“Built to insure the world’s crop collection, the vault was once thought to be indestructible. But in recent years, temperatures throughout Svalbard have been rising three times faster than the global average and rainfall has intensified, according to a new report by the Norwegian Environmental Agency.
By the end of the century, temperatures across the islands could rise as much as 10 degrees Celsius compared to pre-industrial levels, which is five times higher than the absolute limit recommended by the Paris climate agreement.”
Just over a decade after it first opened, the world’s “doomsday vault” of seeds is imperiled by climate change as the polar region where it’s located warms faster than any other area on the planet.
The Svalbard Global Seed Vault, which opened in late February 2008, was built by the organization Crop Trust and the Norwegian government on the island of Svalbard next to the northernmost town in the world with more than 1,000 residents, Longyearbyen.
“Svalbard is the ultimate failsafe for biodiversity of crops,” said Crop Trust executive director Marie Haga.
Northern temperatures and environment on the island were a major reason for the construction. According to in-depth reporting from CNN, the project planners hoped that the permafrost around the construction of the underground vault would, in time, refreeze. But the planet has other plans.
Longyearbyen and, by extension, the vault, is warming more rapidly than the rest of the planet. That’s because the polar regions of Earth—the coldest areas on the planet—are less able to reflect sunlight away from the polar seas due to disappearing ice and snow cover.
‘Doomsday vault’ town warming faster than any other on Earth
It’s an ironic turn of events for the creators of the vault, who chose the location for the vault “because the area is not prone to volcanoes or earthquakes, while the Norwegian political system is also extremely stable,'” said CNN.
Because of the warming, the permafrost around the underground vault’s tunnel entrance has not refrozen. That led to leaking water in the tunnel in October 2016, which then froze into ice.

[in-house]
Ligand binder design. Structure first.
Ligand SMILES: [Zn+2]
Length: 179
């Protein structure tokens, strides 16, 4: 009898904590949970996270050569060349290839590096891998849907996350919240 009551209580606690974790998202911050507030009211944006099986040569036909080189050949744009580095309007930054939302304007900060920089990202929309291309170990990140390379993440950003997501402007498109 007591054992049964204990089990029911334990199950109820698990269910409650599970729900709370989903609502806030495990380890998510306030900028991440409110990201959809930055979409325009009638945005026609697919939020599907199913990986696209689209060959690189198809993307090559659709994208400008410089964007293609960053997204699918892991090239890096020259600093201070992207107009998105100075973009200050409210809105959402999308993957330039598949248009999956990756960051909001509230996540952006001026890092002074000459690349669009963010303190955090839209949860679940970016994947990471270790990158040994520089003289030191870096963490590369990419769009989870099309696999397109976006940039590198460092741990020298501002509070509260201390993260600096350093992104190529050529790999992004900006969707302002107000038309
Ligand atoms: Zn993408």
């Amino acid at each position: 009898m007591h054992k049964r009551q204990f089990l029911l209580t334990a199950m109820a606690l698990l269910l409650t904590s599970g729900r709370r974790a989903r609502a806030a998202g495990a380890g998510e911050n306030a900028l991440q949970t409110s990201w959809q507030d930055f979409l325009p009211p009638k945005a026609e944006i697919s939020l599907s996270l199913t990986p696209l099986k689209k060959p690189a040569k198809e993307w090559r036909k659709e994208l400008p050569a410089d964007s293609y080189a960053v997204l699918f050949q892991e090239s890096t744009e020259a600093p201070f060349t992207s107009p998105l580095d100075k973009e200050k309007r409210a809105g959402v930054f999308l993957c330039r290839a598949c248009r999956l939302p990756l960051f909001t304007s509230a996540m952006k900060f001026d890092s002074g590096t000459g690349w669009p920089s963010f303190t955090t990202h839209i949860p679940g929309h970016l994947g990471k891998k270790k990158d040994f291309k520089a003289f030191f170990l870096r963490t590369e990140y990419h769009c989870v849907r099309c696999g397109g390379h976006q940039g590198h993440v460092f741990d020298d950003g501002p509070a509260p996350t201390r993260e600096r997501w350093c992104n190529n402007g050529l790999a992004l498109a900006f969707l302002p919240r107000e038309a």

In response, CNN reported, “Statsbygg [the Norwegian state agency in charge of real estate] undertook 100 million Norwegian krone ($11.7 million) of reconstruction work, more than double the original cost of the structure.”
But the warming now may become unsustainable for the structure. It’s already forcing changes to Longyearbyen’s population of 2,144 as the people in the town find themselves scrambling to avoid avalanches and deal with a changing climate that’s more often dumping rain rather than snow.
“We can’t trust the permafrost anymore,” said Statsbygg communications manager Hege Njaa Aschim.
British advocacy group Global Citizen was more to the point.
“Not good,” the group tweeted.
From Global Citizen: Temperatures Near So-Called ‘Doomsday Vault’ Are Rising 3 Times Faster Than Rest of World
And why you should stop calling the Global Seed Vault the “doomsday vault.”
As climate change accelerates around the world, agricultural systems are facing unprecedented challenges, even as demand for food increases. The United Nations’ Global Goals call on countries to develop sustainable systems of food production. You can join us in taking action on this issue here.
Embedded within a mountain not far from the Arctic Circle, accessible only by a water-proof concrete tunnel, the Svalbard Global Seed Vault in Norway’s Svalbard archipelago holds nearly 1 million seeds.
Magnus Bredeli-Pveiten, project manager for the Svalbard Global Seed Vault Monday Feb. 25, 2008 is seen at the vault in Longyearbyen, Norway.
Built to insure the world’s crop collection, the vault was once thought to be indestructible. But in recent years, temperatures throughout Svalbard have been rising three times faster than the global average and rainfall has intensified, according to a new report by the Norwegian Environmental Agency.
By the end of the century, temperatures across the islands could rise as much as 10 degrees Celsius compared to pre-industrial levels, which is five times higher than the absolute limit recommended by the Paris climate agreement.
The rising temperatures have caused the permafrost surrounding the vault to melt. In 2016, heavy rain and melting permafrost flooded the vault’s entrance, forcing the organizations overseeing the seed bank to overhaul its design.
“The permafrost is not to be trusted anymore,” said Hege Njaa Aschim, communications manager for Statsbygg, which oversees the vault’s infrastructure. “It’s not like rock, like it used to be — it’s like soil.
“We had to change the tunnel into a concrete waterproof tunnel,” she told Global Citizen. “We had to change all the soil, and permafrost, 17,000 cubic meters of materials, and instead we have frozen soil and layer by layer of cooling pipes.”
After a reconstruction cost of $11.7 million, double the project’s initial price, the seed bank was eventually stabilized. The rapidly changing conditions in Svalbard, however, highlight how the the seeds inside the vault could become needed sooner than expected.